RUGBY league has taken two important steps over the past fortnight towards realising latent potential – which is what the ARLC was put there to do.
Yet neither decision was actually taken by the commission.
NRL referees coach Daniel Anderson took the first of them, announcing that anyone throwing a punch at the top level would likely be sent to the sin bin from now on.
Many of you disagreed with this edict but it was the reason for it that was most telling. “We need to make sure our game can recruit young kids,” Anderson said. “We’ve got a duty to the community and to people involved in our sport.”
Why, in our sport, do we never talk about participation rates? I’ll answer the question for you: because they’re terrible. We’re in the top three for general popularity but in Australia we are eighth for participation.
Until recently, the women’s game – using an example – got almost no help from the traditional governing bodies. We deliberately kept participation and the NRL at arm’s length, probably because we fair so poorly in the former and were a tad embarrassed.
The choice the game’s administration had to make got down to this: do we have a “don’t try this at home, these are paid professionals” warning before every telecast or do we take ownership of our comparatively poor performance as a participation sport and use the popularity of our stars on television to improve the situation?
As a spectator, you just want to be entertained. So you may not like Anderson’s crackdown. But rugby league has responsibilities that extend beyond entertaining you. That’s why players are held to different standards of behaviour than actors and musicians – because people have given up their time along with way to get them to where they are.
Rugby league in not UFC. There’s no “grassroots” UFC with parents manning the canteen each Saturday morning. Maybe the NRL will lose a few spectators for the Hills District Under 10s to gain a few participants. And perhaps in the first year of a five year TV contract is the best time to make that sacrifice – because the money’s already in our pockets, isn’t it?
Which brings us to the second decision, which wasn’t even made in Australia.
The Rugby League International Federation sold the television rights to the World Cup to International Management Group, guaranteeing a big pay day for the RLIF which will hopefully filter down to the countries who need it most.
IMG’s responsibility then is to make a profit, not help rugby league.
In the case of selling the UK free-to-air rights to the BBC, the game’s interests will be served pretty well anyway given the enormous audiences that deal will deliver.
In the case of selling the pay TV rights in Britain to Premier Sports … maybe not so much, given that the channel is a small start-up with a comparatively tiny audience.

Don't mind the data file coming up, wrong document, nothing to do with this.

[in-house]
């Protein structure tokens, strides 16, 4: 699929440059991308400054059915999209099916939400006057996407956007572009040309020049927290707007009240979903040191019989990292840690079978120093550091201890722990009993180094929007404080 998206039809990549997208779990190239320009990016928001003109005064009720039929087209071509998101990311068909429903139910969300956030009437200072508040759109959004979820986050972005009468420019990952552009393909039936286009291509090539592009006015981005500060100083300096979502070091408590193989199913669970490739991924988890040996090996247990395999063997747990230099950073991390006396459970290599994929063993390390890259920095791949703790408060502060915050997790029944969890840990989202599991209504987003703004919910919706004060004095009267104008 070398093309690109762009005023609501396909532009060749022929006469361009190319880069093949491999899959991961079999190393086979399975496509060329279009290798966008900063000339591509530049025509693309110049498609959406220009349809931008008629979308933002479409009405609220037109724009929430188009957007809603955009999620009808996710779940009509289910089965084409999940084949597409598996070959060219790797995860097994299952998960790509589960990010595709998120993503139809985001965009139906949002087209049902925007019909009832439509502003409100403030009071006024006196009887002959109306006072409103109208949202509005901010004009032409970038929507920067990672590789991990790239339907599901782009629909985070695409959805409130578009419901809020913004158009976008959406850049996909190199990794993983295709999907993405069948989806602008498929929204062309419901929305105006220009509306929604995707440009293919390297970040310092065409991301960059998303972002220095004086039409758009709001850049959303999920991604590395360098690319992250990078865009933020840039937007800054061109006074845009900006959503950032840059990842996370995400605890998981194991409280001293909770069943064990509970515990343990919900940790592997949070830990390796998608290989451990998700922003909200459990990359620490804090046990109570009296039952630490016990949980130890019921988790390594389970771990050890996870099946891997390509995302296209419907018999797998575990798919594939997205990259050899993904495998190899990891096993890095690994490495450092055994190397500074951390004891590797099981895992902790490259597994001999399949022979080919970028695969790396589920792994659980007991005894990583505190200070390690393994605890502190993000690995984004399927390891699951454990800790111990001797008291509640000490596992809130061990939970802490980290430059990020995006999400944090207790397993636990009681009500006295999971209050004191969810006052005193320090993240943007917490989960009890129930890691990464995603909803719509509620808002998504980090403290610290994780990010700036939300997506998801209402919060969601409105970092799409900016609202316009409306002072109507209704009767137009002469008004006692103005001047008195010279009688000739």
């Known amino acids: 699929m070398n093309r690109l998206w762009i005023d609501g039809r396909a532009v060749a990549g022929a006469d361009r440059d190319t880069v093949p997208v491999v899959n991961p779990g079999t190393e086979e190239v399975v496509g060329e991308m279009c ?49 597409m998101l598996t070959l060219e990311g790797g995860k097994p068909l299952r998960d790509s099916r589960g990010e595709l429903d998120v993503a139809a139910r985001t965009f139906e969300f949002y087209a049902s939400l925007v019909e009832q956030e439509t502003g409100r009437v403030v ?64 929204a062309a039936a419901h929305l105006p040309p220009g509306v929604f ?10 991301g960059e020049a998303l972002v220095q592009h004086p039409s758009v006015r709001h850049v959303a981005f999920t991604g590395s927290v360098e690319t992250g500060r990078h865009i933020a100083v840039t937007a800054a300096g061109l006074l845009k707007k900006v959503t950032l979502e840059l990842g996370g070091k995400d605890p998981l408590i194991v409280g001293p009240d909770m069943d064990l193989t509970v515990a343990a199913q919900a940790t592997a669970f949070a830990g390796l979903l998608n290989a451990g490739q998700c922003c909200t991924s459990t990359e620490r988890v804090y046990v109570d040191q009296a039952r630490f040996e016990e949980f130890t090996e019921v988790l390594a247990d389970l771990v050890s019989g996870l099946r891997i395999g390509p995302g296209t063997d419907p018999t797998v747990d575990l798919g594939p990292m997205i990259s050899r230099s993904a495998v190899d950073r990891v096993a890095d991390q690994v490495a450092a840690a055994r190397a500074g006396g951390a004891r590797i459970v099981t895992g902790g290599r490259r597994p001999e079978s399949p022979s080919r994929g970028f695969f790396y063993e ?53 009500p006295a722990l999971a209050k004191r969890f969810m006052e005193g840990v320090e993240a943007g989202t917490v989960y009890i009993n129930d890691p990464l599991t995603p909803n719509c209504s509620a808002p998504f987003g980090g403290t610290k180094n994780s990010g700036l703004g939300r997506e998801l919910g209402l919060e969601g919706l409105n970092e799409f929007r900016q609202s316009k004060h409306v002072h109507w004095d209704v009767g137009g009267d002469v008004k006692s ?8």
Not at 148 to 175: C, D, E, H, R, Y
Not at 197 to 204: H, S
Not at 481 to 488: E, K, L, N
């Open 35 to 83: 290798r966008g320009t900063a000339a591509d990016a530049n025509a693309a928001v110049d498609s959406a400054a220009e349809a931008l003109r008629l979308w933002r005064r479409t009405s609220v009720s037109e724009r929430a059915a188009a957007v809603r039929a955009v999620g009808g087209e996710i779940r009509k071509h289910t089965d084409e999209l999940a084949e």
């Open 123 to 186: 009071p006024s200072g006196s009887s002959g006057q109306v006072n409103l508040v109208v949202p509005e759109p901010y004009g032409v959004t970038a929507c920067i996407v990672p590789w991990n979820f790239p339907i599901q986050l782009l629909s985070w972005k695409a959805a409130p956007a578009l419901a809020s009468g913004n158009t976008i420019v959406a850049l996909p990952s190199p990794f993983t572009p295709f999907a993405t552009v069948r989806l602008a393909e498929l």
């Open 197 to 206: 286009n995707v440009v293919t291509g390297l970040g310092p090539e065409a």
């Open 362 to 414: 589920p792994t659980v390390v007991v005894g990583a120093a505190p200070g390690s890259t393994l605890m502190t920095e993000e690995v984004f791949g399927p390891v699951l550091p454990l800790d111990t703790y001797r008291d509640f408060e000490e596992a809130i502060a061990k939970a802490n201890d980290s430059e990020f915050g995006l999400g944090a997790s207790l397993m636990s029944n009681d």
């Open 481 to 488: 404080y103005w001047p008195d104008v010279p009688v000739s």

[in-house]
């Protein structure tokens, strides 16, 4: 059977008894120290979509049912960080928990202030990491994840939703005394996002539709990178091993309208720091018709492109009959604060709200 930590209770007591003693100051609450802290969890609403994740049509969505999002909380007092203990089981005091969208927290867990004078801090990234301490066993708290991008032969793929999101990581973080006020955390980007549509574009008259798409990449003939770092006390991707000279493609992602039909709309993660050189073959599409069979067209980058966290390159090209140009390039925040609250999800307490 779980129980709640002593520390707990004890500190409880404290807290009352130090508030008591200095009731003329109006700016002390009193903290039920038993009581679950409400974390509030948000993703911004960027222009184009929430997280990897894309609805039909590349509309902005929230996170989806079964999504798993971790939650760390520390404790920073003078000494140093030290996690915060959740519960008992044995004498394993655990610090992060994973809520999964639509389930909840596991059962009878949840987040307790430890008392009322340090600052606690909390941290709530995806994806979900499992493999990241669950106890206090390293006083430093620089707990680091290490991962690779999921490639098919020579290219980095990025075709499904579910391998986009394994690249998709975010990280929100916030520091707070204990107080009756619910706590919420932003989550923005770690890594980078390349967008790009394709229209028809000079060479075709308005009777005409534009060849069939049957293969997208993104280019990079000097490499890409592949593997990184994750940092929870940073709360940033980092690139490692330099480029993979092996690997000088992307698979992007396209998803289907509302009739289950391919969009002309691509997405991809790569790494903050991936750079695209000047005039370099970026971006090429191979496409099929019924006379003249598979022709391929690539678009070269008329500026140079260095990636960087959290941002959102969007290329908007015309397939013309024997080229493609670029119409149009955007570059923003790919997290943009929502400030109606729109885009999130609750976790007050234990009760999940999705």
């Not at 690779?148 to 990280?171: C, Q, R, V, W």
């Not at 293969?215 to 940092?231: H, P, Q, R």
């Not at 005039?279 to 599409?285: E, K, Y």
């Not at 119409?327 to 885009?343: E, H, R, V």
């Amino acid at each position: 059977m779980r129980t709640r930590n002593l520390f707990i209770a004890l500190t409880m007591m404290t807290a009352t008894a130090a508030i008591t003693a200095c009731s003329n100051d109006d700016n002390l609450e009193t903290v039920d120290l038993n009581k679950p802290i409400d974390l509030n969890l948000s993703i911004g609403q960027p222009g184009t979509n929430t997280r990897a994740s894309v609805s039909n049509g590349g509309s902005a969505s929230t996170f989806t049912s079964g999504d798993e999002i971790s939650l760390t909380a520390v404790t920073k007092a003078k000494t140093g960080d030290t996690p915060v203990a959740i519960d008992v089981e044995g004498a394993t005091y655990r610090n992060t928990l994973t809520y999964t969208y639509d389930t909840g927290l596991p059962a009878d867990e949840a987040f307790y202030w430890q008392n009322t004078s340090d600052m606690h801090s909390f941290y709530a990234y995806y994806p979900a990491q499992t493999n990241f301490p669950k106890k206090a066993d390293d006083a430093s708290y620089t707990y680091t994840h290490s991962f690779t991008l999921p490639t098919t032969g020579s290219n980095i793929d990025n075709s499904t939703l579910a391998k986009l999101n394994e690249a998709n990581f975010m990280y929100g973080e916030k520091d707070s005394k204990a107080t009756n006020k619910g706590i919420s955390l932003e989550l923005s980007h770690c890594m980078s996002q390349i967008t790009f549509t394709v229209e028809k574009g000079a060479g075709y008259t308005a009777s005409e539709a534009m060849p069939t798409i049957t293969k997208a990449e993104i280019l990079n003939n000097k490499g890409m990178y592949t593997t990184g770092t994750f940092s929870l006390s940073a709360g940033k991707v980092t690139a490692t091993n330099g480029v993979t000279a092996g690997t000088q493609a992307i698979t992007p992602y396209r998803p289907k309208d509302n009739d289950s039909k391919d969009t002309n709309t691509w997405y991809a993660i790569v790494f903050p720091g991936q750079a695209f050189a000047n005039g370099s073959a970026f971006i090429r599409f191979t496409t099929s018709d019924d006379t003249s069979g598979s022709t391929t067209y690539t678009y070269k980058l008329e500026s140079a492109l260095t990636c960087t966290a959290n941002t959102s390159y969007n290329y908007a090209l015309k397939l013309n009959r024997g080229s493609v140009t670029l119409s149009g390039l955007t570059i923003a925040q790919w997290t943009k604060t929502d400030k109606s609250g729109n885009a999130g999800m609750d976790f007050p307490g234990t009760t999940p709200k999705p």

But when it comes to Australia and Channel Seven, the benefits could be enormous.
If reconnecting the grassroots game with the professional sport is crucial, then ramping up international football is absolutely essential for us to make meaningful growth in the years ahead.
With more than 100 NRL stars likely to be playing in the World Cup between October 26 and November 30, this is a once-in-a-lifetime chance for colours, concepts and brands of our national teams to be embedded in the minds of rugby league fans and the wider sporting market.
Philosophically, I’ve never agreed with the NRL’s position that sticking with one commercial broadcaster gives you greater support across the board. Nine do a fine job on the NRL but this is a capitalist society and competitive tensions get the best out of everyone.
Unconfirmed reports said one of the reasons for the financial disaster of the 2000 World Cup was that when a rights broker tried to sell the tournament in Australia and New Zealand, the broadcasters there claimed they already owned it through their domestic deals.
Finally, 13 years later, we have got our house in order in that respect. The international game is a position to call its own shots. BIG step forward.
In the cases of both decisions discussed here, certain interest groups had to be snubbed. In Anderson’s case, it was the blood thirsty biff fiends who only tune into Origin for the stinks.
In the case of the World Cup TV rights, it was the network that only wanted to show Australia’s games and, via that stance, suggested rugby league has ideas above its station and is not to be taken seriously as an international sport.
The worst thing about the belief that rugby league only has the biff going for it and will always be a joke internationally is that the game’s administration itself – by its inaction – seemed to actually agree.
Thankfully, belatedly … not any more.
Filed for: RUGBY LEAGUE WEEK